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Trump's conflict-of-interest plan is good enough, for now

Rick Newman
Columnist

Donald Trump’s critics already hate his new plan to disengage from his real-estate company and prevent conflicts of interest while he’s president. But for most Americans, it will be good enough.

The incoming president hired a prominent law firm to figure out how he can withdraw from his eponymous, privately owned company, the Trump Organization, without selling the whole thing or putting it in a blind trust, to be run by somebody else. The plan is substantive and clever, with Trump’s populist touch for good measure. The real question may not be whether the plan goes far enough, but whether Trump will abide by it religiously. If he does, it could put concerns about Trump using the presidency to benefit his business interests to rest.

Here are the basics of the plan: Trump’s sons, Donald, Jr. and Eric, will run the company. Trump and his daughter Ivanka will relinquish their roles in the company, and Trump will never receive any information about the company that’s not public. Trump’s ownership stake in the company will be placed in a trust, with no involvement by Trump. The company will be allowed to make domestic deals while Trump is president, but will make no new foreign deals. And an independent ethics adviser will review those domestic deals to make sure there’s nothing fishy.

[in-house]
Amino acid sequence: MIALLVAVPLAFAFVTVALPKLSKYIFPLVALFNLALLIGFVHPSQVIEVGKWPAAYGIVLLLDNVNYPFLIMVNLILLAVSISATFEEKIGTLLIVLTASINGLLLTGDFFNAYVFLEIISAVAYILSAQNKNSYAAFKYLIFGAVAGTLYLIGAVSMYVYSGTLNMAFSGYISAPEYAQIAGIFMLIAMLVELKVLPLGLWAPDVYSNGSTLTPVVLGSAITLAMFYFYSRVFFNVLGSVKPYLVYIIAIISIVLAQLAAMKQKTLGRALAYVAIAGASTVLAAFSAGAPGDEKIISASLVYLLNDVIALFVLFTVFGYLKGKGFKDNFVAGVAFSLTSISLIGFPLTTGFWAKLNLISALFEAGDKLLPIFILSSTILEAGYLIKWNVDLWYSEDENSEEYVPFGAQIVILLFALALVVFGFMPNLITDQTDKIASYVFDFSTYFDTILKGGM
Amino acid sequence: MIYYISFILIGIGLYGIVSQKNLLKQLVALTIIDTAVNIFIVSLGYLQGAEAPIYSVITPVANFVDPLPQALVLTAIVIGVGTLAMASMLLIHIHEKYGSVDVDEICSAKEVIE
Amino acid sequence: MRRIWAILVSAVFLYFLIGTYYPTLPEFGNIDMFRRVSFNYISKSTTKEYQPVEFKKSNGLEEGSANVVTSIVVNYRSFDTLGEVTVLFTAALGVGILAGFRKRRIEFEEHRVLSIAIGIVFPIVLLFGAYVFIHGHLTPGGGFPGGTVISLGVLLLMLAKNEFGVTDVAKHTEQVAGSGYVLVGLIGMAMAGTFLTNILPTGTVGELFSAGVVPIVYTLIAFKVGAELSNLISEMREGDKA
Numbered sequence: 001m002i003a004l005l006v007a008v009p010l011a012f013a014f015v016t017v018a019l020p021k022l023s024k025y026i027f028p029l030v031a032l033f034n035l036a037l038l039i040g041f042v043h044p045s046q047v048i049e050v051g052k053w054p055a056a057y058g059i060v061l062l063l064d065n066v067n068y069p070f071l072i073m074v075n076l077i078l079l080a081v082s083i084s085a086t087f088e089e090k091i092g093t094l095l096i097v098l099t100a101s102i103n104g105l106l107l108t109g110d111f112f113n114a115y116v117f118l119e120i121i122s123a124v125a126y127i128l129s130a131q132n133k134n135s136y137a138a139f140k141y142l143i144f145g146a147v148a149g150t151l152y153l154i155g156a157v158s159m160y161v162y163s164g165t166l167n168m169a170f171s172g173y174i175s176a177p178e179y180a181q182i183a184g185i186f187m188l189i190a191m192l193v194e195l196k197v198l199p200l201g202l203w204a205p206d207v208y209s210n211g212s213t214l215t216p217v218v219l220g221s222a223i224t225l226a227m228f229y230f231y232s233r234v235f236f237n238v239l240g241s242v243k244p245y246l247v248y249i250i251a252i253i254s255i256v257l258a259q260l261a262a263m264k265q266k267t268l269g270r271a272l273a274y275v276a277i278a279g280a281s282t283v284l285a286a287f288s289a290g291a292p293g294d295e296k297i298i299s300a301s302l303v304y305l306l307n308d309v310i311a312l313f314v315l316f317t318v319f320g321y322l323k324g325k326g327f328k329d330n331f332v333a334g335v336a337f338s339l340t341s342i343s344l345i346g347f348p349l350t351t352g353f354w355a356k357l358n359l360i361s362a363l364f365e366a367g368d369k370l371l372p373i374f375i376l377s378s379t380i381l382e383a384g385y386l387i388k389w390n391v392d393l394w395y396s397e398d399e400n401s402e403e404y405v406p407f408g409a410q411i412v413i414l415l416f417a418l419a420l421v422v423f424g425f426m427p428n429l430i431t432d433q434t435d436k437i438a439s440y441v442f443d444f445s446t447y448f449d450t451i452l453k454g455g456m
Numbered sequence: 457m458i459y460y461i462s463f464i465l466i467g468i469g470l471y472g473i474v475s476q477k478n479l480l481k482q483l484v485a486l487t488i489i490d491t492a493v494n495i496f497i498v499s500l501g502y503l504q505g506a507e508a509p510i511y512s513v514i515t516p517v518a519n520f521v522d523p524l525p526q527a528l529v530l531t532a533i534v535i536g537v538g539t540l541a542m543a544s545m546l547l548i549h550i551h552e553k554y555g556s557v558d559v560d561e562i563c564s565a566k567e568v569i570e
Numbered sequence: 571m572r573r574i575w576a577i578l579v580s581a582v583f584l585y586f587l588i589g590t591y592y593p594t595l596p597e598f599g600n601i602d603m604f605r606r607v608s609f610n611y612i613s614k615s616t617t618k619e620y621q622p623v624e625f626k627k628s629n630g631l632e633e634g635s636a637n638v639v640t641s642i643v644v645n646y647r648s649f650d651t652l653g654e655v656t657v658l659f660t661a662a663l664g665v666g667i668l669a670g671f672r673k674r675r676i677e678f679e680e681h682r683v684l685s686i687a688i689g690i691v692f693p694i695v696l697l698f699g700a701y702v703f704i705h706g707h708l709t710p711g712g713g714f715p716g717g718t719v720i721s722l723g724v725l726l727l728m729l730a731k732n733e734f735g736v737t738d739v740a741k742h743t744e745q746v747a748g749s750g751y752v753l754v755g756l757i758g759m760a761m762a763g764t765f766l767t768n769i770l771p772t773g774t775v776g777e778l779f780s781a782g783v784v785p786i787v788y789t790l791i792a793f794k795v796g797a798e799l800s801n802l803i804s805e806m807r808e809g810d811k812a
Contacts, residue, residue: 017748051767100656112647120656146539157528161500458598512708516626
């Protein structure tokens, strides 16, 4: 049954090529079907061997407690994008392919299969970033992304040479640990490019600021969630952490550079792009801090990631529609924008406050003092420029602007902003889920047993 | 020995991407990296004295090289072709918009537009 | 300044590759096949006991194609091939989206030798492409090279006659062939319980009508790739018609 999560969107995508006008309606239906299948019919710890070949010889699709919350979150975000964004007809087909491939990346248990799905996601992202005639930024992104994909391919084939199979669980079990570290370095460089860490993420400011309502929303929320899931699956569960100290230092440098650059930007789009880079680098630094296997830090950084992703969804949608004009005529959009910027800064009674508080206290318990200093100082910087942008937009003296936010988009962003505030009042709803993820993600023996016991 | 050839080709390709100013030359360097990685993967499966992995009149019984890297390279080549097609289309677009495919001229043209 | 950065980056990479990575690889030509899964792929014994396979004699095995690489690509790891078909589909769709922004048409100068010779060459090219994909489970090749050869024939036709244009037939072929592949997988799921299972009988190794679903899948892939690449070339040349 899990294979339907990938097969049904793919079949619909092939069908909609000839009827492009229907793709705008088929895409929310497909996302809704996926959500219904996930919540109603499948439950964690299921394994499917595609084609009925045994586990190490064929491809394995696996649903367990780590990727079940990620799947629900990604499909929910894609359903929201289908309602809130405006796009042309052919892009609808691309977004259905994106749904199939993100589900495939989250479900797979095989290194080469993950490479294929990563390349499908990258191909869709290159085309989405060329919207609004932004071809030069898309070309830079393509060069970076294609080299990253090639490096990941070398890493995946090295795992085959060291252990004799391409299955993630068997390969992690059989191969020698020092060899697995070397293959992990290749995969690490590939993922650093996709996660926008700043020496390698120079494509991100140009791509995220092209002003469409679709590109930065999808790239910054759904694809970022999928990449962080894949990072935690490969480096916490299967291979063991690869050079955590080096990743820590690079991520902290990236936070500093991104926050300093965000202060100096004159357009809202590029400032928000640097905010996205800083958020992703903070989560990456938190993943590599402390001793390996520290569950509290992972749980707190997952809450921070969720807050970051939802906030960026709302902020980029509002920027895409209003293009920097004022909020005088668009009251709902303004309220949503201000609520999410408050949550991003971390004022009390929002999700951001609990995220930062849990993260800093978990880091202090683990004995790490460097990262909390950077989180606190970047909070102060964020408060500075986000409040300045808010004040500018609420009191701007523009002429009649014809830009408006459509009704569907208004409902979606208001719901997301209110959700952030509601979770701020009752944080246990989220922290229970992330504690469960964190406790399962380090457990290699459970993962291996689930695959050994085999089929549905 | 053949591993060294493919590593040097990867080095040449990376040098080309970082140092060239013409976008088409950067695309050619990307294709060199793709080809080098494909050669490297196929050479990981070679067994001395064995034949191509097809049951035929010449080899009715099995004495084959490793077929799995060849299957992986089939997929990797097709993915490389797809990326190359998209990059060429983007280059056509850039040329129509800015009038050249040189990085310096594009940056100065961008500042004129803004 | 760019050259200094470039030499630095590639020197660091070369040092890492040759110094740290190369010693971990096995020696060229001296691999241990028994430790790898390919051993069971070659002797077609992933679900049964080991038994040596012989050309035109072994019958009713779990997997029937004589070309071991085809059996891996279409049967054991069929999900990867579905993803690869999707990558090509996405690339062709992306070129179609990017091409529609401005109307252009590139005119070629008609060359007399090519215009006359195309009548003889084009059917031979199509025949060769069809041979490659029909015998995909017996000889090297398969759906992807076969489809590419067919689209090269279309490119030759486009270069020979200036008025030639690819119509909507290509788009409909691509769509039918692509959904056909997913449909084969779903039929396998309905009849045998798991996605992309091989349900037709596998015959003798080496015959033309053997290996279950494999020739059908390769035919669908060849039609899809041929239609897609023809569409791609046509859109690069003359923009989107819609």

Oh, there’s one other thing. When representatives of foreign governments stay at Trump-controlled hotels in the United States, the proceeds will go straight to the US Treasury. Those donations will be puny by Washington’s Brobdingnagian standards, but it’s the kind of clever showmanship Trump excels at—and it will allow him to claim he’s taking one for Team America by giving up a portion of his profits.

Unreasonable expectations?

Good-government groups such as Common Cause and the Project on Government Oversight lambasted Trump’s plan, arguing that it’s implausible Trump wouldn’t discuss the family company with his own family members. If he did violate his own rules, it’s possible nobody would know. And there remain plenty of ways for the Trump Organization to capitalize on connections made through Trump’s position as president–if not now, then certainly once Trump leaves office.

That’s all true, but most voters probably won’t care, because the bulletproof solution is unreasonable by Main Street standards. The cleanest way for Trump to assure his company and his family won’t profit from a Trump presidency is to sell the company and exit the business completely. If that happened, neither Trump nor his family would be able to return to the business later, unless they bought it back. The firm Trump inherited from his father and built into something much bigger—with hopes to bequeath it to his own kids, someday—would disappear from the family history. Trump would also have to sell at a discount—possibly a deep one–to liquidate complex real-estate holdings in more than a dozen countries on short notice. It could cost Trump $1 billion or more in lost value just to become a public servant. To many Americans, that would be unfair, if not ridiculous.